AN INDUSTRIAL PROCESS CONTROL AND AUTOMATION SYSTEM HAVING DECOUPLED CONTROLLERS

An apparatus is disclosed that is used in an industrial process control and automation system that operates using an open platform data communication protocol. The apparatus includes a processor and a memory, and a communications interface connected to at least one process instrument and arranged to transmit instructions to and receive data from the at least one process instrument and to a data network of the industrial process control and automation system that communicates using the open platform data communication protocol. The apparatus memory contains a system repository file containing process data information sent to the apparatus from the at least one process instrument, a stored function block definition file containing function blocks that define a control strategy for controlling the at least one process instrument and an engineering repository containing the characteristics and parameters for the function blocks associated with the at least one process instrument. The processor operates to communicate the process data from the system repository file to the industrial process control and automation system using the open platform data communication protocol and to receive instructions from the industrial process control and automation system to execute the control strategy.

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Description
TECHNICAL FIELD

This disclosure relates generally to industrial process control and automation systems. More specifically, this disclosure relates to an industrial process control and automation system having its process controllers decoupled from the supervising layers of the system.

BACKGROUND

Industrial process control and automation systems are often used to automate large and complex industrial processes. These types of systems routinely include various components including sensors, actuators, and process controllers. The process controllers receive measurements from the sensors and generate control signals for the actuators. A hallmark of a modern well-bred process control system is a well-integrated and uniform suite of operations from the systems application layers to the control and sensing of the various I/O devices. This control has been achieved by bundling a variety of networked devices such as servers for providing system applications such as, historians and advanced control applications, workstations using various human machine interface (HMI) solutions for operators of the control system, to switches, routers, firewalls, safety systems and proprietary real-time controllers and industrial field devices and other I/O elements. The integrated nature of such systems achieves a harmonized behavior of all the components, elements and application layers of the system.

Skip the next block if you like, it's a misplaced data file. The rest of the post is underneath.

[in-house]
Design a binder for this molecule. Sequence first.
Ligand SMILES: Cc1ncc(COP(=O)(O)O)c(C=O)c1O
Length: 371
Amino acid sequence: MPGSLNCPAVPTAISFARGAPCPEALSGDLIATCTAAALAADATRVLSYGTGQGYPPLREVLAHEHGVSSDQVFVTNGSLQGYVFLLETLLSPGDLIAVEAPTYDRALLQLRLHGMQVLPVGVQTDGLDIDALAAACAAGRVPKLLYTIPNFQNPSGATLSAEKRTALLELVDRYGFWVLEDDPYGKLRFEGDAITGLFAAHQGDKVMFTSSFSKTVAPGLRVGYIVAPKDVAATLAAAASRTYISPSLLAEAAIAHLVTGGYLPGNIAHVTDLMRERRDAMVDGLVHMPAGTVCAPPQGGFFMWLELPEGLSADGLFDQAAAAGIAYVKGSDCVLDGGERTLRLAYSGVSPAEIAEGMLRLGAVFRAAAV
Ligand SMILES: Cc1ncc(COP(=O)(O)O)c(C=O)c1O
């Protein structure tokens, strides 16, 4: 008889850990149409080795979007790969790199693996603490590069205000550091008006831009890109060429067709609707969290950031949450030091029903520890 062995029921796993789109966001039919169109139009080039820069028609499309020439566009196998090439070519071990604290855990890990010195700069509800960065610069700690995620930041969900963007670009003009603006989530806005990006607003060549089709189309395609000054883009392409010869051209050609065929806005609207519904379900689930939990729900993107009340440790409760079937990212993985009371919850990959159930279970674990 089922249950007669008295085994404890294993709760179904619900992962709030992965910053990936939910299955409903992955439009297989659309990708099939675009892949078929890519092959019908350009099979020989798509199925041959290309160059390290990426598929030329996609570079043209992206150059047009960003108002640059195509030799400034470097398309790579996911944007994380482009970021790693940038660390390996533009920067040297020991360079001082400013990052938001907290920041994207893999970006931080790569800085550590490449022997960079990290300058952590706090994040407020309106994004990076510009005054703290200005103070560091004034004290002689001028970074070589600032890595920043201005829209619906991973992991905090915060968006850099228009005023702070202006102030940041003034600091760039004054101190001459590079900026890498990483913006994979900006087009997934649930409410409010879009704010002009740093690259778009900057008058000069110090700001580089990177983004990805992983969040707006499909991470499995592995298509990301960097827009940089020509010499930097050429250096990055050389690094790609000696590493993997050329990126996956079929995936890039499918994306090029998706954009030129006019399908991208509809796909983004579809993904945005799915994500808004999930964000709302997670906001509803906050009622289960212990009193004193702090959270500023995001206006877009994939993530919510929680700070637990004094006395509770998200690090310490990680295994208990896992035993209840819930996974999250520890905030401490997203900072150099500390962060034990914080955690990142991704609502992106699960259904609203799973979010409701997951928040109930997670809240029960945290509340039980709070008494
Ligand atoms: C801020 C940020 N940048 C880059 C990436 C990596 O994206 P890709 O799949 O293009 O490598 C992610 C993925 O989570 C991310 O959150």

Many users of industrial process control and automation systems prefer one element, application or component from another and prefer that their favored components work and operate with several different process controllers, HMI solutions and applications. Many modern process control systems since the early 1990s have evolved from closed proprietary systems to more convenient connected and open systems. However, the open components for modern control systems have been focused to specific applications or networked communication protocols for such systems. Controllers and the general aspects of their programing, instructions and I/O and diagnostic behavior remain relatively closed and vendor specific in their operations.

SUMMARY

This disclosure provides an apparatus and system having its process controllers decoupled from the supervising layers of the system.

In a first embodiment, an apparatus is disclosed that is used in an industrial process control and automation system that operates using an open platform data communication protocol, the apparatus includes a processor and a memory, and a communications interface connected to at least one process instrument and arranged to transmit instructions to and receive data from the at least one process instrument and to a data network of the industrial process control and automation system. The communication interface is adapted to communicate using an open platform data communication protocol. A system repository file is stored in the memory containing process data information sent to the apparatus from the at least one process instrument. The memory further contains a stored function block definition file containing function blocks that define a control strategy for controlling the at least one process instrument and an engineering repository containing the characteristics and parameters for the function blocks associated with the at least one process instrument. The processor operates to communicate the process data from the system repository file to the industrial process control and automation system using the open platform data communication protocol and operates to receive instructions from the industrial process control and automation system to execute the control strategy.